Fast (no yeast) flatbreads
Fast (no yeast) flatbreads

Fast (no yeast) flatbreads

“Just two ingredients… or “Just three ingredients” recipes seem to be very popular online culinary posts and vodcasts. These recipes are often accompanied by extra sides or enhancements that then add a handful more ingredients.

Fast flat breads are one such recipe. Fast unleavened flat breads. And when I say “fast,” they take 10-15 minutes and are relatively easy work. 35 minutes if you include a rest period. What is more, once cooled, they store in the freezer for up to three-four months and take just 8-10 minutes at room temperature to defrost, benefiting from a quick 20 second burst in the microwave, warming them up and returning them to their former glory. Making them a perfect batch cook solution.

There are two common recipes and two trains of thought

Greek yoghurt and self-raising flour vs Greek yoghurt and flour and baking powder. You pick. Basically, equal measures of Greek yoghurt and flour – or a little more yoghurt, and either self-raising, or a third ingredient, baking powder. We went with self-raising flour. Second time around, we tried strong bread flour and baking powder. Both worked well.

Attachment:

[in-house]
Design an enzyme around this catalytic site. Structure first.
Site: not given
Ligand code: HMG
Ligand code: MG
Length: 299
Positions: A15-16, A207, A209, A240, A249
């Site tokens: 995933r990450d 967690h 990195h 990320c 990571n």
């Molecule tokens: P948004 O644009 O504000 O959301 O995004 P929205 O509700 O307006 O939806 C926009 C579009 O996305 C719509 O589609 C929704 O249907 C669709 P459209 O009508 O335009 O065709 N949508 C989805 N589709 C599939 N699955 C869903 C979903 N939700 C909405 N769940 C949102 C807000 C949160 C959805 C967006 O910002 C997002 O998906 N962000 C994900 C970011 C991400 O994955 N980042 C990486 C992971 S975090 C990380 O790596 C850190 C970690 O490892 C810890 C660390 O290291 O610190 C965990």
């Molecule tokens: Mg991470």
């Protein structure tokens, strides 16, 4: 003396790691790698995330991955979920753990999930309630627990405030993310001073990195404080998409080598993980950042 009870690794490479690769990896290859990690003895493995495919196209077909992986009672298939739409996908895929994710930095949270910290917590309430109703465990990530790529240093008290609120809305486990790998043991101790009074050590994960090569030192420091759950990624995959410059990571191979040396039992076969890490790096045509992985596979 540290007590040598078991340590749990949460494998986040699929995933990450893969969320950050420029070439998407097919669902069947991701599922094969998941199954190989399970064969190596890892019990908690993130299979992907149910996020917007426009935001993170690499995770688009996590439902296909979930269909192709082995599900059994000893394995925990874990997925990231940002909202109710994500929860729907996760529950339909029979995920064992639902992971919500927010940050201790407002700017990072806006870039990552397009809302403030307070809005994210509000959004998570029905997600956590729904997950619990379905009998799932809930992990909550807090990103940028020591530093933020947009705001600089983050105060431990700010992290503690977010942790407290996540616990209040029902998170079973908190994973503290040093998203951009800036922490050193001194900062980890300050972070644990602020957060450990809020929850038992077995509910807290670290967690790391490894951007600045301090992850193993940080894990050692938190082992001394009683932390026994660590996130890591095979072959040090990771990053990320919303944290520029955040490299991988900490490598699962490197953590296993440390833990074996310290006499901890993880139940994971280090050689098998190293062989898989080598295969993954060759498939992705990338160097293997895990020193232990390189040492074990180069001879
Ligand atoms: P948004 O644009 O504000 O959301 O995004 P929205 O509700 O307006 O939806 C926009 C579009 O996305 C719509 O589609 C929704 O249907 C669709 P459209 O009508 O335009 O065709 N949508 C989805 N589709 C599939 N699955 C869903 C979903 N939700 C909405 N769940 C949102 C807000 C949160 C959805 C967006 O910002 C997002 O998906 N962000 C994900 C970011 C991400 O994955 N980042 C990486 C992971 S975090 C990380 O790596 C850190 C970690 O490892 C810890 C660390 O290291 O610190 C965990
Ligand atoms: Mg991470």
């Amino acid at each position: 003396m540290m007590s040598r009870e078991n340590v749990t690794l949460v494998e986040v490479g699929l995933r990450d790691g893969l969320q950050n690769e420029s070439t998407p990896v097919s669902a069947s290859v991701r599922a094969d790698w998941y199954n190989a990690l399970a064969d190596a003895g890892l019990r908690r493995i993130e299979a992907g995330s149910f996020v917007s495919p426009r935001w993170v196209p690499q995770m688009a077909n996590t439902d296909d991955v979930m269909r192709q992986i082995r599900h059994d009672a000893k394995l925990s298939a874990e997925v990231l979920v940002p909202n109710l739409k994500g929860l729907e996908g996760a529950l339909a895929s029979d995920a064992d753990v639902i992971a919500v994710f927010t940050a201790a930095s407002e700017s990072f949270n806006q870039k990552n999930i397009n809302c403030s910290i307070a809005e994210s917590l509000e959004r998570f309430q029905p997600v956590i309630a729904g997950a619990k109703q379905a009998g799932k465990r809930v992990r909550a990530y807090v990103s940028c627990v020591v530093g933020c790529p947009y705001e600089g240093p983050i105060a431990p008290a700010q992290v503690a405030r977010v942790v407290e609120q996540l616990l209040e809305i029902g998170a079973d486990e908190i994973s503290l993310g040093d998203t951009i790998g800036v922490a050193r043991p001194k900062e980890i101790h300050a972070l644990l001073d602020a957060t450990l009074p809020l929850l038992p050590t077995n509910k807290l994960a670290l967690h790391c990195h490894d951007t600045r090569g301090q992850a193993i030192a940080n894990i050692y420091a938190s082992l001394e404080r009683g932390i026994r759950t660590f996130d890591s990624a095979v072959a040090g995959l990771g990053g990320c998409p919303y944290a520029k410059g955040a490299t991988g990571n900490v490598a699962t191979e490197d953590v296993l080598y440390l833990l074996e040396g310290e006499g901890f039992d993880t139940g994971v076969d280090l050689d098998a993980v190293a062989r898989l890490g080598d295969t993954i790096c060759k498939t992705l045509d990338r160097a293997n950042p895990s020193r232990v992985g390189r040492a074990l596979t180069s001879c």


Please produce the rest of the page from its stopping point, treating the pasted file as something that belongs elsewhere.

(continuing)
Fast and simple

Simply add equal parts Greek yoghurt and then the flour to a mixing bowl – then add baking powder. Gradually add in more flour until the dough starts to form into a ball. Work quickly though, otherwise the dough gets stickier, the longer it’s at room temperature. If you choose to rest the dough, rest it in the fridge.

Separate. Roll into balls. Flatten and pan fry gently in a little oil or throw them on the BBQ!

Fast tips for fast bread

Use olive oil to roll out the fast flat breads as excess flour builds up and is a nuisance when cooking in the pan. Best for dipping.

Roll thinly. Fast flat breads should puff up nicely. “Little clouds!” Olly calls them. Roll them super thin and you have more of a tortilla style wrap. Better for wrapping.

Don’t stress about “perfect.” Rustic is fine.

With sourdough starter

Now – you could always add your sourdough starter waste to the mix too… but your dough would need an hour and more to ferment, preferably doubling in size. Temperature and the quantity of starter the variables in play.

  • 400 grams flour.
  • 320 grams water, preferably at room temperature
  • 80 grams active sourdough starter
  • 8 grams salt


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